United States District Court, S.D. West Virginia, Huntington
PROPOSED FINDINGS AND RECOMMENDATION
L. Tinsley, United States Magistrate Judge.
before the Court is Movant's Motion to Vacate, Set Aside,
or Correct Sentence, pursuant to 28 U.S.C. § 2255 (ECF
No. 160), his Motion to Amend and Supplement Section 2255
Motion (ECF No. 167), and his Motion for Leave to Amend
Section 2255 Motion (ECF No. 170). This matter is assigned to
the Honorable Robert C. Chambers, United States District
Judge, and it is referred to the undersigned United States
Magistrate Judge for submission of proposed findings and a
recommendation for disposition, pursuant to 28 U.S.C. §
January 23, 2012, in a parking lot of a convenience store in
Putnam County, West Virginia, Movant Robin Slater
(hereinafter “Defendant”) was approached by West
Virginia State Trooper B.K. Hammontree for suspicion of
driving while intoxicated. (ECF No. 179 at 1). Defendant
allegedly attempted to drive off while Hammontree was
standing in the open driver's-side door of the vehicle.
(Id.) As Hammontree attempted to shift the vehicle
into park, the two men struggled and Defendant bit Hammontree
on the arm and subsequently sprayed him with
“Cap-Stun” pepper spray. (Id. at 1-2).
With the assistance of others, Hammontree subdued Defendant
and placed him under arrest. (Id. at 2).
searching Defendant's vehicle, the police recovered six
firearms, a quantity of cash, and ledgers revealing
Defendant's involvement in a large-scale marijuana
conspiracy. Following his arrest, Defendant waived his
Miranda rights and agreed to be interviewed by the
police. During that interview, Defendant admitted to his
long-term involvement in marijuana trafficking. (Id.
at 2) (footnote omitted).
was initially represented by attorney David Moye. On February
7, 2012, as a result of pre-indictment plea negotiations,
Defendant agreed to plead guilty in federal court to a
single-count information charging him with being a felon in
possession of a firearm, in violation of 18 U.S.C. §
922(g)(1), which exposed him to a maximum sentence of ten
years in prison, a three-year term of supervised release, and
a fine of up to $250, 000. (Id. at 2 and Ex. 1,
“First Plea Agreement”). The First Plea Agreement
contained a stipulation of facts and a waiver of Federal
Rules of Evidence 410, whereby the United States would be
permitted to introduce the stipulation of facts at trial or
any other court proceeding, if Defendant withdrew from or
breached the plea agreement. (Id. at 2-3 and Ex. 1
at 4, 10-11). Defendant subsequently fled the jurisdiction of
the court and failed to appear for his plea hearing, thus,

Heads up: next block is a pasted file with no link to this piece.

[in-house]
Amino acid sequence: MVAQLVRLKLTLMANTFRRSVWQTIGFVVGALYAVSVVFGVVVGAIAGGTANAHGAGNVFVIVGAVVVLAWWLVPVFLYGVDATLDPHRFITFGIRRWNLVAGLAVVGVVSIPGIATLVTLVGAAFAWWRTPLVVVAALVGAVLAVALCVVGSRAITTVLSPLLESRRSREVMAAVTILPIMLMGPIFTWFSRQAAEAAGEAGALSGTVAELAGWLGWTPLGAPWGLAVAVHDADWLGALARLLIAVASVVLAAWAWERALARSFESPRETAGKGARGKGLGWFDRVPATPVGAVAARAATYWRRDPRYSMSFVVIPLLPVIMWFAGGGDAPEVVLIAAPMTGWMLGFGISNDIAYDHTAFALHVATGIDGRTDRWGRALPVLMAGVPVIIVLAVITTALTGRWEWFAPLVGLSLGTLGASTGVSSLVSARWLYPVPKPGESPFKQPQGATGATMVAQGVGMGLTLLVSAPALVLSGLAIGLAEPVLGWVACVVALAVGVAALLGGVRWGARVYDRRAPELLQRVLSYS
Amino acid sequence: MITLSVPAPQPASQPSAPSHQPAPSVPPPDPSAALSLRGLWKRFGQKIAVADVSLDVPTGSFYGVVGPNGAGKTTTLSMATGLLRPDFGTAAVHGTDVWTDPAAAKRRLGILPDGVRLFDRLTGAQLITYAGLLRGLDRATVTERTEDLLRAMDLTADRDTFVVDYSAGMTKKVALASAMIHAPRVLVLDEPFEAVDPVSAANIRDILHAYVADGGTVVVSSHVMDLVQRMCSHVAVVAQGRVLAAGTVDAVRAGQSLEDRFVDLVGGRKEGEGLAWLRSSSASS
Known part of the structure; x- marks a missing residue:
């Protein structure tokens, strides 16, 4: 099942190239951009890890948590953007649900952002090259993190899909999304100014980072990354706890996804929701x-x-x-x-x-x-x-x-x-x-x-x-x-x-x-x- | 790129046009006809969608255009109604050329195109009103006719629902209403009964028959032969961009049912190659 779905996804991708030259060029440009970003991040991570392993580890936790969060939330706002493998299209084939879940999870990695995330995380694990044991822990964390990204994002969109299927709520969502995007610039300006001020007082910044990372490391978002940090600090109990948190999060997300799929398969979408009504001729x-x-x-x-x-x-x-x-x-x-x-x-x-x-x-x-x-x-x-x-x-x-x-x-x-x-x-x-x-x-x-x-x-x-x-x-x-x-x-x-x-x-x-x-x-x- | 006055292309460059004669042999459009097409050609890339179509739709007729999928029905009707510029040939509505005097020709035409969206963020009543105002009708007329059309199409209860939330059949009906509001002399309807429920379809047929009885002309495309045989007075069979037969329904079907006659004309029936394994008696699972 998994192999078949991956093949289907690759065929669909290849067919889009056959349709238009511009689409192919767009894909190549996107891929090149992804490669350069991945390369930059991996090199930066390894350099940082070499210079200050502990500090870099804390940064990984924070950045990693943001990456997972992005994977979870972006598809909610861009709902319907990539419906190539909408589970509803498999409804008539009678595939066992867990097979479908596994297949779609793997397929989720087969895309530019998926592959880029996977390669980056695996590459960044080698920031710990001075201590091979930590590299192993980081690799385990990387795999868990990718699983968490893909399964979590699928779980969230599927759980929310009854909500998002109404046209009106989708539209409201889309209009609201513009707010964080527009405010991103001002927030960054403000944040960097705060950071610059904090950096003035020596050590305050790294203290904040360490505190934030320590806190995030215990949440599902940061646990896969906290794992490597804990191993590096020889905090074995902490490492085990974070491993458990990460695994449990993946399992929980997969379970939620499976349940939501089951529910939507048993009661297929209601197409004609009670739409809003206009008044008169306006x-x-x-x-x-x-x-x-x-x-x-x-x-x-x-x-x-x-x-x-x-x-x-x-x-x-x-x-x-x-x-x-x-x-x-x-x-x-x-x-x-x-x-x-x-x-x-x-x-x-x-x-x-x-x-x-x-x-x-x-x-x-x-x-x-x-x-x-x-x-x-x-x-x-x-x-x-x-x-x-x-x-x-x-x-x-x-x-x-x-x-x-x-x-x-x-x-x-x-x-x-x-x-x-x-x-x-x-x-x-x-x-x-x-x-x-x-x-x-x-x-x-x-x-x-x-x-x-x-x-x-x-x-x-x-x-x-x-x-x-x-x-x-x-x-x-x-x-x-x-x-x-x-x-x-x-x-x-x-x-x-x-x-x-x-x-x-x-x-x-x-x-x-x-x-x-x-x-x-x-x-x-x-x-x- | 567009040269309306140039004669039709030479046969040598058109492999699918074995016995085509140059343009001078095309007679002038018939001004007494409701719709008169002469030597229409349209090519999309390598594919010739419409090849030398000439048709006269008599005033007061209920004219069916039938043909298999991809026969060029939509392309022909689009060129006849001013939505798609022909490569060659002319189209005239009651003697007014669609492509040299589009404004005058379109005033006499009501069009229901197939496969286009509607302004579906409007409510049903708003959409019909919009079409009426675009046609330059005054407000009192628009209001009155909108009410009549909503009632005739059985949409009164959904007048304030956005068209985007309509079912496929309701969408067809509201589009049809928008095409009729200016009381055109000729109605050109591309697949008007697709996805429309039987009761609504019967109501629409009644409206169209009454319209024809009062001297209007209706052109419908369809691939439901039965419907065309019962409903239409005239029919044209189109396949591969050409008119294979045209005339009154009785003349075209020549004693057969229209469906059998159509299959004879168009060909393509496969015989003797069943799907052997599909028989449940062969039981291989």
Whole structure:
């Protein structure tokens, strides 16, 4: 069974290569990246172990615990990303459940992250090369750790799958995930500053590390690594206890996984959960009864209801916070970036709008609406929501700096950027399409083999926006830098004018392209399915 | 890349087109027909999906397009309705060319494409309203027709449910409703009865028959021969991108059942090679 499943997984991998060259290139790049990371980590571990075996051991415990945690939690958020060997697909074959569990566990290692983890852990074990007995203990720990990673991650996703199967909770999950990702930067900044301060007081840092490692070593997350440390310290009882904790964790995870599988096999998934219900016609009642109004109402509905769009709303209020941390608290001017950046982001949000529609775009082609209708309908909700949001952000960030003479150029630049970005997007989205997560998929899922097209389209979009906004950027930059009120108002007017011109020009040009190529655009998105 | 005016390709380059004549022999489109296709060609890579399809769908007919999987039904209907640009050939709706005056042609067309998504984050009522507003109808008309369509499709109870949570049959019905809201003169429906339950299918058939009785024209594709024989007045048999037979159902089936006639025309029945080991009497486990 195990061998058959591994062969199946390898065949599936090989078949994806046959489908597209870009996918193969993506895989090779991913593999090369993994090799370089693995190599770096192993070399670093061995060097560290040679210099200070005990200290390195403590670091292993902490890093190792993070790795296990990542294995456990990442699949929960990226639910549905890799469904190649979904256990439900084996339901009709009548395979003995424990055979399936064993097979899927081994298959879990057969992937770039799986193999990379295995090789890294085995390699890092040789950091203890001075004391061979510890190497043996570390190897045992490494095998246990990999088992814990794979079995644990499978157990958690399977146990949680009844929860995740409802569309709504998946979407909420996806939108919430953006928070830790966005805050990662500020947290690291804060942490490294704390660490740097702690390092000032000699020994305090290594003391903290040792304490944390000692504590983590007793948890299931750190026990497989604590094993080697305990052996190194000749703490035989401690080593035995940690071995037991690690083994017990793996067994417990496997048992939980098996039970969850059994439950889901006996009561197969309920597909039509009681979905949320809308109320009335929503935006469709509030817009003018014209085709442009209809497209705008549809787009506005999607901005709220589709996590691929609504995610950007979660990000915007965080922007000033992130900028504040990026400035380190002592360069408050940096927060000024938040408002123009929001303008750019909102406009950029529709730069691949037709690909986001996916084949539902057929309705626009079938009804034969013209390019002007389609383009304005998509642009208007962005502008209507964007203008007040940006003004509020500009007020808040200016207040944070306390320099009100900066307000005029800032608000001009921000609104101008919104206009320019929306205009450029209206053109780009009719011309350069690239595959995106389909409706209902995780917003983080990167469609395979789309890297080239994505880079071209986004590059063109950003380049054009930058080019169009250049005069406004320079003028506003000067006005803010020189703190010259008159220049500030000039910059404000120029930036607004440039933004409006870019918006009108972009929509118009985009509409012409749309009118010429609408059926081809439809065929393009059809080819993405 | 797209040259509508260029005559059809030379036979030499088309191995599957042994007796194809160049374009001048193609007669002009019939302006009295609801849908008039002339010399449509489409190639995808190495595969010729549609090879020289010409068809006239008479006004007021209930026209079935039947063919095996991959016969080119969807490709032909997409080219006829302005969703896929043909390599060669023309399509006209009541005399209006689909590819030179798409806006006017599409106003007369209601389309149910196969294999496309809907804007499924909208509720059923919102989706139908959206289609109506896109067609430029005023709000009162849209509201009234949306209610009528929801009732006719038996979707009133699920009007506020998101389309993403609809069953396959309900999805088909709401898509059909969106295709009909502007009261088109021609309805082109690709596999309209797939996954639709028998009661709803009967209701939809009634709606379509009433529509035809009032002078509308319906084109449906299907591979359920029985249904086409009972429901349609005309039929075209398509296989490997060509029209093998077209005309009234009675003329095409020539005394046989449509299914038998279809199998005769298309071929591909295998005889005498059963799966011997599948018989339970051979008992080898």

effectively withdrawing from his plea agreement.
(Id. at 3).
22, 2012, a federal grand jury returned a five-count
indictment charging Defendant with the following offenses:
one count of conspiracy to distribute more than 100 kilograms
of marijuana, in violation of 21 U.S.C. §§ 846 and
841(a)(1) (Count One); one count of possessing firearms
during and in relation to a drug trafficking offense, in
violation of 18 U.S.C. § 924(c)(1)(A) (Count Two); one
count of being a felon in possession of a firearm, in
violation of 18 U.S.C. § 922(g)(1) (Count Three); one
count of obstruction of justice, in violation of 18 U.S.C.
§§ 1512(a)(2)(C) and 1512(a)(3)(B) (Count Four);
and possessing firearms in furtherance of a crime of
violence, in violation of 18 U.S.C. § 924(c)(1)(A)
(Count Five). (ECF No. 179 at 3 and Ex. 2,
“Indictment”). Defendant was ultimately arrested
in Kentucky on or about October 3, 2012, following a
high-speed chase. At the time of his arrest, officers found
two firearms and $6, 000 in Defendant's vehicle.
(Id. at 3).
initially appeared in the United States District Court for
the Eastern District of Kentucky. On October 15, 2012, he
appeared in this United States District Court for an
arraignment and detention hearing, where he was represented
by Lex A. Coleman, Assistant Federal Public Defender.
December 21, 2012, Defendant executed a plea agreement in
which he agreed to plead guilty to Counts One through Four of
the Indictment. In exchange, the United States agreed to
dismiss Count Five and forego the filing of a recidivist
information under 21 U.S.C. § 851. (Id. at 3-4
and Ex. 3, “Second Plea Agreement”).
Defendant's sentencing exposure as a result of the plea
agreement was as follows: 5 to 40 years on Count One; a
consecutive 5 years to life on Count Two; up to 10 years on
Count Three; and up to 30 years on Count Four. (Id.
at 4). The Second Plea Agreement also contained a stipulation
of facts and a waiver of Fed.R.Evid. 410. (Id. at 4
and Ex. 3 at 5-6. 9-12).
second stipulation of facts, Defendant agreed that he was
“a long time dealer of marijuana” and had been
dealing the drug since at least 2003. Defendant further
admitted that “he obtained over 10, 000 KG but less
than 30, 000 KG [of marijuana for distribution].”
(Id. at 4 and Ex. 3 at 11). He further admitted
that, while collecting drug debts, he had six firearms in his
possession, despite being a convicted felon. (Id.,
Ex. 3 at 11-12). He also admitted that he had violently
assaulted Trooper Hammontree by biting him on the arm and
spraying him with pepper spray in the face, in order to
prevent him from discovering the firearms, cash, and drug
ledgers that were in the vehicle and reporting such
incriminating evidence to other state or federal law
enforcement officers or a court. (Id.)
hearing was convened on January 7, 2013. However, at that
time, Defendant advised the court that he was not prepared to
go forward. Defendant asserted that he wanted the plea
agreement to cover offenses that occurred in other states;
that he disagreed with the stipulated drug quantity; and that
he did not understand the implications of a section 851
information. (Id. at 4-5 and Ex. 4, “First
Plea Hrg. Tr.” at 6-9, 12-16, 19). Among other things,
the district court explained the use immunity provision of